US researchers claim new system kills worm outbreaks

Proactive Worm Containment system is said to counter one of the biggest issues in worm defence

U.S. researchers have come up with a technique that claims to be able to stop Internet worms within milliseconds of an outbreak.

The Proactive Worm Containment (PWC) system, as its inventors at Penn State University call it, uses no signatures to identify an attack. Instead it relies on the frequency of connections at a packet level, and analyses the number of connections this traffic is making to other networks.

This is said to counter one of the biggest issues in worm defence, namely that they spread at incredible speed before they can be stopped. By the time security systems have recovered, the damage is often done.

To avoid the danger of false positives -- the researchers admit that not all traffic showing these patterns is necessarily non-legitimate -- the system uses what appear to be algorithmic techniques to double-check the initial diagnosis. Any host identified as spreading a worm is disconnected from the node to which it is attempting to connect and spread its payload. Taken across networks as a whole, this could at least slow down the spread of a particular worm so that defenses can be hardened.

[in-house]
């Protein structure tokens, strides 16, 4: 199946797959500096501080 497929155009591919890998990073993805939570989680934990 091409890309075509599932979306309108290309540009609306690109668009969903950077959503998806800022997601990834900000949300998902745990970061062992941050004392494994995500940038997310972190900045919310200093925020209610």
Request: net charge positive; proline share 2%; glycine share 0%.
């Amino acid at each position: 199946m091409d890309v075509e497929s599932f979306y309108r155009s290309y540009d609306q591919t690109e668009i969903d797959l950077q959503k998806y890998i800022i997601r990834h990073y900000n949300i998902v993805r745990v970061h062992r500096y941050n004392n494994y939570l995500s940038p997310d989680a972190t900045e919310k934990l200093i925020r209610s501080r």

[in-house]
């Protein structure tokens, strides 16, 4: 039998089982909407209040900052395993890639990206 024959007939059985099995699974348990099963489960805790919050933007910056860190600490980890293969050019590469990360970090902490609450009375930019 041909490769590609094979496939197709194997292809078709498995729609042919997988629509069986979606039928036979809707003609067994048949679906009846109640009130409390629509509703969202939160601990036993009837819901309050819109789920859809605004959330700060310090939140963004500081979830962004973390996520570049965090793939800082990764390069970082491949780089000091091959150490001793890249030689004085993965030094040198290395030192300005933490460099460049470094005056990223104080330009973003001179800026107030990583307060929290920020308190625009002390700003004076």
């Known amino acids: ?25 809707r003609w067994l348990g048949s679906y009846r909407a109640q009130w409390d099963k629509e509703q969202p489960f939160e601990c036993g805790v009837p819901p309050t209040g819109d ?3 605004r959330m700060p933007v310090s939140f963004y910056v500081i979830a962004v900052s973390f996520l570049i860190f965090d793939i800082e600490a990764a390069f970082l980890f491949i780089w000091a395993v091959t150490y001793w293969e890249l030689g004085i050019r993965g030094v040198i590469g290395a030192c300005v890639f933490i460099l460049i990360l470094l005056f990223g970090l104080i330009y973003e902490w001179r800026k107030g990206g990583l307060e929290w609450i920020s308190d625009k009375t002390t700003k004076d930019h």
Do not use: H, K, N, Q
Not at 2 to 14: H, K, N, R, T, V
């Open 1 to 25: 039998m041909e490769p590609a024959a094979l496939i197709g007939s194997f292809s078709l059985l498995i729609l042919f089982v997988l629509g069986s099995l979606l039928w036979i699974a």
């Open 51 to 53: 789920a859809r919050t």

"A lot of worms need to spread quickly in order to do the most damage, so our software looks for anomalies in the rate and diversity of connection requests going out of hosts," said Peng Liu, the leader of the research team at the University.

Liu admits the technique, which is to be patented, cannot stop the movement of slow-spreading worms, though these might be reckoned to be less hazardous. "PWC can quickly unblock any mistakenly blocked hosts," said Liu.

Penn State's PWC is far from the first anti-worm system out there. IBM also has its 'Billy Goat' which creates a series of virtual servers in order to detect and isolate network traffic anomalies, including DDoS attacks and worms.

In the last two years, the threat of Internet worms has receded as criminals have focused on more profitable forms of malware. An increasing number of worms now spread through specific channels, a good example of which was last year's Javascript-based Yamanner that affected Yahoo.

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John E. Dunn

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